2.     The U.S. financial markets are the largest, deepest and most liquid in the world, and they are regarded as a global safe haven in the time of financial problems – even if the problems started in the U.S. markets as was the case with the Crash of 2008.
3.     As the largest market in the world for consumer and industrial goods and services, America has for years been the target of currency manipulators. Countries like Germany, Japan, and China have bought billions of dollars of U.S. currency and other dollar-denominated assets with their own local currencies to drive down the value of their currencies and to drive up the dollar’s value. This has made it very difficult for American producers to compete either at home against imported products or abroad with exports.

If America’s need for foreign capital and its supply of dollar-denominated assets had no limit, the foreign demand for these assets would not cause dollar’s value to rise. But this is clearly not the case. Excess demand for the dollar and dollar-based assets drives the dollar’s exchange rate to levels far above the rate needed to balance U.S. imports and exports.

If America is to have an exchange rate that is consistent with the need to balance imports and exports of real goods and services, thereby maximizing employment and the efficient use of U.S. capital, it must put in place policies that keep the foreign demand for dollars and dollar-based assets consistent with America’s need for imported capital.

In the short- term, measures against currency manipulators and other unfair trade practices are needed.[1] For the longer-term, America must restore the now-broken link between the dollar’s exchange rate and balanced U.S. trade. This can only be done by moderating net capital inflows to levels consistent with a competitive, trade-balancing exchange rate for the dollar.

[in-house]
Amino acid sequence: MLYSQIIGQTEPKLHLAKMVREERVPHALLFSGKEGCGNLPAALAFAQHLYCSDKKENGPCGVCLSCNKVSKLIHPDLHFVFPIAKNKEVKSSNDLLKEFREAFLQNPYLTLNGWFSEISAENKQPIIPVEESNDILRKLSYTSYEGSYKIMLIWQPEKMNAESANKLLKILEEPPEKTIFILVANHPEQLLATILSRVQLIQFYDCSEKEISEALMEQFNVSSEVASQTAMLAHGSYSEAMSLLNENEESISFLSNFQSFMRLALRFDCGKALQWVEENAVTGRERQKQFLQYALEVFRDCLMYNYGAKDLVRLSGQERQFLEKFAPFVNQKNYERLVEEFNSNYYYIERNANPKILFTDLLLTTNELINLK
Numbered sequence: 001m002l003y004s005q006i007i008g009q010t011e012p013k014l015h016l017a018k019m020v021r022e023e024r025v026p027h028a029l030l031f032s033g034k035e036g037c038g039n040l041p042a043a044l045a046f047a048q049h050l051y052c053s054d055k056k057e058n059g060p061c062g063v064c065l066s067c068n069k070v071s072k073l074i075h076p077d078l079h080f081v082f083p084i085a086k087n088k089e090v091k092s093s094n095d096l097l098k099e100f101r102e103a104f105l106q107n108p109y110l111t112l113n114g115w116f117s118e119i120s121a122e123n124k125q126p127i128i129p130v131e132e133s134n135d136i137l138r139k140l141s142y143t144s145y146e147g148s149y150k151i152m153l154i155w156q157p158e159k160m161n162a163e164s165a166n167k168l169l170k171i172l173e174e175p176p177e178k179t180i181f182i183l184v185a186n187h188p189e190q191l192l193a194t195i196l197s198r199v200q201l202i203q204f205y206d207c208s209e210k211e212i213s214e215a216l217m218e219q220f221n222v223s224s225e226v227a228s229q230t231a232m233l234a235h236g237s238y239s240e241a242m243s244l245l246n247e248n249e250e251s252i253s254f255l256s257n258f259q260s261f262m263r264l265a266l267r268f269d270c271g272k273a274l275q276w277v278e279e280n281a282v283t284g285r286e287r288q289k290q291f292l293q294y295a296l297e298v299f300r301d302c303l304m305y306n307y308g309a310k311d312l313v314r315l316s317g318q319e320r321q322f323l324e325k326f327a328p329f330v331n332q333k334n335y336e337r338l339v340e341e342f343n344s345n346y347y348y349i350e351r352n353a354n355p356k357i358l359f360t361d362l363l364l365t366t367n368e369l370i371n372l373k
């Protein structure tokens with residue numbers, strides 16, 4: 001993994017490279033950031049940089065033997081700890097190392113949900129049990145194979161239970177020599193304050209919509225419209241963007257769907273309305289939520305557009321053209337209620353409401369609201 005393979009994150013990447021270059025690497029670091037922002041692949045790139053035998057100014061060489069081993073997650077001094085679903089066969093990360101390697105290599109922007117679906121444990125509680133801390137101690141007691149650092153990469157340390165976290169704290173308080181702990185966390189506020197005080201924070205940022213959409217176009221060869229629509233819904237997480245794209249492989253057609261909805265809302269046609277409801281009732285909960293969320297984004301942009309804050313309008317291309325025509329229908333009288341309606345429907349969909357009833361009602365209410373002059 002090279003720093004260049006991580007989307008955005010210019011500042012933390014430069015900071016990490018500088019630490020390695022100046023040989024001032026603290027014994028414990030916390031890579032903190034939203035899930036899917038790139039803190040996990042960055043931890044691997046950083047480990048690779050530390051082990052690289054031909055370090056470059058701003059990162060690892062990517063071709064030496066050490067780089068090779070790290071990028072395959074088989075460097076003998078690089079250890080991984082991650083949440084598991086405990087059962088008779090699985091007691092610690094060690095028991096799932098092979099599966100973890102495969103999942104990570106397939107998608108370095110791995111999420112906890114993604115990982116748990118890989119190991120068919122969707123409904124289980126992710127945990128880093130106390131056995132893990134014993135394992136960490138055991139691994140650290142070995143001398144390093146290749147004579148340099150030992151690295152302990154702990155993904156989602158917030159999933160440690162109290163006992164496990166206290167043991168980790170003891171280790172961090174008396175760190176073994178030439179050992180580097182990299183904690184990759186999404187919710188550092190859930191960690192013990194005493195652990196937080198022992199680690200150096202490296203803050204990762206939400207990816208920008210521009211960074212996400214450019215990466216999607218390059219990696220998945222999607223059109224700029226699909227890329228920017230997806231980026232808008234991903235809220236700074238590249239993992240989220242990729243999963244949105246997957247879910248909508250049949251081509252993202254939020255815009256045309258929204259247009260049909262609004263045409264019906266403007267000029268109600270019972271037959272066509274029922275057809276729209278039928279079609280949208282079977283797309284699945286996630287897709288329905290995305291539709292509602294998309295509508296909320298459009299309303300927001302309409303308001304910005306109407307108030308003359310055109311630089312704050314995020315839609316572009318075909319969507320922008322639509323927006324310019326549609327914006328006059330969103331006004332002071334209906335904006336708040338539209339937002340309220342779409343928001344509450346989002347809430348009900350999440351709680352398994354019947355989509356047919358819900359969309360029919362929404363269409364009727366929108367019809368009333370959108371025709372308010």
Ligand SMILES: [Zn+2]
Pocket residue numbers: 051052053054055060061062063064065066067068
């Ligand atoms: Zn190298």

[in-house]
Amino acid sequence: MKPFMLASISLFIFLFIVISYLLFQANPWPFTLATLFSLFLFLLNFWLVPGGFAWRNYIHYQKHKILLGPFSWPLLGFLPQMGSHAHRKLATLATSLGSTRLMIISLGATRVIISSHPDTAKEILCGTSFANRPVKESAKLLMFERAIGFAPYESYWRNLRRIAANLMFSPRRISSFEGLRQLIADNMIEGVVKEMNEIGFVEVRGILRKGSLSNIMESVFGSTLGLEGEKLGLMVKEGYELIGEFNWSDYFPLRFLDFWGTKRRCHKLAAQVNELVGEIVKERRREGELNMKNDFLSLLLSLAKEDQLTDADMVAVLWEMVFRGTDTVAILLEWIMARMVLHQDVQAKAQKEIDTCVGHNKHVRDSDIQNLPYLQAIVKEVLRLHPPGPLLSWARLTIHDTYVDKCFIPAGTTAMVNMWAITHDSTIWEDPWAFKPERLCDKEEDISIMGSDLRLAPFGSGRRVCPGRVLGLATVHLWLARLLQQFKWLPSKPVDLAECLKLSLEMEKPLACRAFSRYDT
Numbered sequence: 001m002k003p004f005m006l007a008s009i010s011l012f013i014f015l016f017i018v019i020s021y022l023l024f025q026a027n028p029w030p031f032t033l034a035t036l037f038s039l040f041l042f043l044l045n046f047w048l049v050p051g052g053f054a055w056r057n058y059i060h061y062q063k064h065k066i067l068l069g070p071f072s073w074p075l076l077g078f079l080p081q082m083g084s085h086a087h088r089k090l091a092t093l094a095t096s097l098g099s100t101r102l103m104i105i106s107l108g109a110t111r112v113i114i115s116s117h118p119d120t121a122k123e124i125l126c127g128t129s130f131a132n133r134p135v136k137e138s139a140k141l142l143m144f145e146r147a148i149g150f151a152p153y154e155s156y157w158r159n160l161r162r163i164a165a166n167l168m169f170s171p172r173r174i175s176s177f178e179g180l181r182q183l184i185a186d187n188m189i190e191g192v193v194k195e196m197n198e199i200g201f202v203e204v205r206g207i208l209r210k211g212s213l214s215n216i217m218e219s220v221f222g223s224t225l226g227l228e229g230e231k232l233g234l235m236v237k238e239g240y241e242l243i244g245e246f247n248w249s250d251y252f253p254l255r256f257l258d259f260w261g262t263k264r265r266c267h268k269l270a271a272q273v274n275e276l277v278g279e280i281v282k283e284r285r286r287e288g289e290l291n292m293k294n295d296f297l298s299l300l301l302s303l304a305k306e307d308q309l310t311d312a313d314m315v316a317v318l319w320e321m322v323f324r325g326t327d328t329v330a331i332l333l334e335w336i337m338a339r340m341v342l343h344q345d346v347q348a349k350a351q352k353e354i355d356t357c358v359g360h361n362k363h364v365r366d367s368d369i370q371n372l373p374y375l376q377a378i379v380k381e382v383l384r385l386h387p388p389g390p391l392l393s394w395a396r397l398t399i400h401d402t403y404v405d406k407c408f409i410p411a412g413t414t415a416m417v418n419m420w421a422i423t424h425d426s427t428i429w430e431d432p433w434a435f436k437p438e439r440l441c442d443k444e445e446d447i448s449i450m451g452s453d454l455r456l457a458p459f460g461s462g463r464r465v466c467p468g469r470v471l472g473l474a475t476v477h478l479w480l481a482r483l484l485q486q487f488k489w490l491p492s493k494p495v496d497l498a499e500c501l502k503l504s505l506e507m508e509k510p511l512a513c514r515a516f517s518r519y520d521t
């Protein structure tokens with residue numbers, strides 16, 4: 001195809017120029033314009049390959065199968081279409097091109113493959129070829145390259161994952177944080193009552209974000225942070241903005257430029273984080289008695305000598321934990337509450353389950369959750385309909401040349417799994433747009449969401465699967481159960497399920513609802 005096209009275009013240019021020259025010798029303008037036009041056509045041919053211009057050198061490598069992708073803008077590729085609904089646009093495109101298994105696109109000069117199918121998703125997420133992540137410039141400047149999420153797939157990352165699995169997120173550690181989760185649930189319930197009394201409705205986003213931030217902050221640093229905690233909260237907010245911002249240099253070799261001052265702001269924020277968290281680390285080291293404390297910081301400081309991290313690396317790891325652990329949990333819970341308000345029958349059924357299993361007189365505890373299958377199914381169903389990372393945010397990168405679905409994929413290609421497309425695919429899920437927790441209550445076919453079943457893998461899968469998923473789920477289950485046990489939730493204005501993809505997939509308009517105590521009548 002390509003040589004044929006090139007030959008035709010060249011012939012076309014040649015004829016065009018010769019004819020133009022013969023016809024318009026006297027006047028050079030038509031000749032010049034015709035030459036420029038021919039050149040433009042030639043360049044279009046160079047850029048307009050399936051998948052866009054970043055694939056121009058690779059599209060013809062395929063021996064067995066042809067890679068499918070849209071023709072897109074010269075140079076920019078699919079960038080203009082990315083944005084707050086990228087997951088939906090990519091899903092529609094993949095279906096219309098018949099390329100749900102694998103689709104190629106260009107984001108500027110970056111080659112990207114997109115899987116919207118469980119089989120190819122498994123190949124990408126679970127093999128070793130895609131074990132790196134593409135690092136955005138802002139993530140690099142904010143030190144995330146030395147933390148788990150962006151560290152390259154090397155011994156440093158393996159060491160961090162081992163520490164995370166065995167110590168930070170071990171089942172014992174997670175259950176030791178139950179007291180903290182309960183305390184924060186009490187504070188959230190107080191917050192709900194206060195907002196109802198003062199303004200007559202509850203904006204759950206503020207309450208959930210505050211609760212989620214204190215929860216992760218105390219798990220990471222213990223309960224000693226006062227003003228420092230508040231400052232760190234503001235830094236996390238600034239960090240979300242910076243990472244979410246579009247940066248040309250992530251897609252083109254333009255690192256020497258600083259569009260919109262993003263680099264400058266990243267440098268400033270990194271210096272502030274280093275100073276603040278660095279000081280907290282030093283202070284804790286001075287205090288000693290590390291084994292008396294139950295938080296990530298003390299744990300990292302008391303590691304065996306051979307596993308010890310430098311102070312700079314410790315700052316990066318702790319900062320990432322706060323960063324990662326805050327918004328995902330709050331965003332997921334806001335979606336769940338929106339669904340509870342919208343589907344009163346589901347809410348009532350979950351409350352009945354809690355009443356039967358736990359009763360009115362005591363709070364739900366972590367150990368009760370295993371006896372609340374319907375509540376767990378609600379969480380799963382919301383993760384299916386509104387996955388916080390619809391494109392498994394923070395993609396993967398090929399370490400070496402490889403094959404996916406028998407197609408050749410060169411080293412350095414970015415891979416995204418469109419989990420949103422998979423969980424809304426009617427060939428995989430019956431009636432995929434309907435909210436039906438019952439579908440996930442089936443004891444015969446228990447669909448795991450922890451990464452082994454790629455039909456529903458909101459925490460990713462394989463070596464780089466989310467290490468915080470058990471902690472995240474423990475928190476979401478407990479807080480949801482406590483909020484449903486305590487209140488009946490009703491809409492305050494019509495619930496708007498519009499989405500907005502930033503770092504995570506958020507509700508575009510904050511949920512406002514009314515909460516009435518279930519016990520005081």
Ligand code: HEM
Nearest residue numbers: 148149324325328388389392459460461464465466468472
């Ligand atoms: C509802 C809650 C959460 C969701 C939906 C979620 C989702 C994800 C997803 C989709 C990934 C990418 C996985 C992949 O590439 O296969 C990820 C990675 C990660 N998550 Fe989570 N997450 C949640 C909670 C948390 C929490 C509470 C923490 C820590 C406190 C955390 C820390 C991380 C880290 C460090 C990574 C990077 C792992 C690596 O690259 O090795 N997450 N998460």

Perhaps the best possible way to achieve the latter goal would be a Market Access Charge (MAC). A MAC is simply a “peak load pricing” mechanism very similar to those used around the world by both the private and public sectors to balance demand and supply for services such as airline flights, rental cars, hotel rooms, electricity use, and vehicular access to the central business districts of cities like London during rush hours. 

A Market Access Charge would reduce the net yield to foreign capital seeking access to U.S. markets by just enough to make such investments somewhat less attractive. As a result, the demand by foreign investors for dollars and dollar-based assets would be moderated by just enough to reduce excessive upward pressures on the dollar – the primary cause over time of the overvalued dollar, U.S. trade deficits, lost jobs, and failing factories.

How the MAC would Operate?